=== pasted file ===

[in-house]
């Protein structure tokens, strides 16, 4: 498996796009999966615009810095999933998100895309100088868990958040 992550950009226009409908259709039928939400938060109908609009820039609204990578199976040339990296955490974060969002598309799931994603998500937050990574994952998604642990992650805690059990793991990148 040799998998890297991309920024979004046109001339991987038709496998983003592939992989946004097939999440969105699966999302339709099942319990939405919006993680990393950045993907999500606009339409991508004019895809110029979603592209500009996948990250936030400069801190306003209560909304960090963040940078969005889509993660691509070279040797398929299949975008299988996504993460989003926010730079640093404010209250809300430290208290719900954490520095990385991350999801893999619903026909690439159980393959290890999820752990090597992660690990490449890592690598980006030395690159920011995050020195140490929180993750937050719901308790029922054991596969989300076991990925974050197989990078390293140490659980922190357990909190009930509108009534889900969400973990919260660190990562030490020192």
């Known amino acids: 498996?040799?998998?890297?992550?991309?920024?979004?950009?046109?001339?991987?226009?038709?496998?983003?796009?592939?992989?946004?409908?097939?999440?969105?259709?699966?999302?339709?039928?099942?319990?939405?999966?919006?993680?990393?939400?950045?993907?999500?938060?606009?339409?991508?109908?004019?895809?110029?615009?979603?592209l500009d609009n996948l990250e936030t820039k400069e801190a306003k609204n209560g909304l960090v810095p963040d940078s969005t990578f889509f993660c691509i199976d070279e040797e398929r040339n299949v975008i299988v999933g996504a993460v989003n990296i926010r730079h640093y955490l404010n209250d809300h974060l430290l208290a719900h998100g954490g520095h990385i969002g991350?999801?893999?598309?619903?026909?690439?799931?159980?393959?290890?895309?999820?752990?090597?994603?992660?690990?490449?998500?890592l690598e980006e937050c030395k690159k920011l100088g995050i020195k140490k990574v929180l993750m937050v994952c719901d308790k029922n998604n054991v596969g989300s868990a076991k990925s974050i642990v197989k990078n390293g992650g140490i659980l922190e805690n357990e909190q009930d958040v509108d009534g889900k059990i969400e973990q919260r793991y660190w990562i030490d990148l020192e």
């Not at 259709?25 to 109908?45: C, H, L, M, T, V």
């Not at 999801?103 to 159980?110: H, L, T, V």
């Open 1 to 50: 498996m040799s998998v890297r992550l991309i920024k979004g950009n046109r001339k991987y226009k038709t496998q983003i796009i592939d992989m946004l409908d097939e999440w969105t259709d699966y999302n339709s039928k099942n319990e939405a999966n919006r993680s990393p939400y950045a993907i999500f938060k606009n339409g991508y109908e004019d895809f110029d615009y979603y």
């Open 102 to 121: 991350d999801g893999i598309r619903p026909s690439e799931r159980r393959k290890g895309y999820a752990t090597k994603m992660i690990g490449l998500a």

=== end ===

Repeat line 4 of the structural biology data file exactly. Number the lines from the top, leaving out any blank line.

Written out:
């Not at 259709?25 to 109908?45: C, H, L, M, T, V």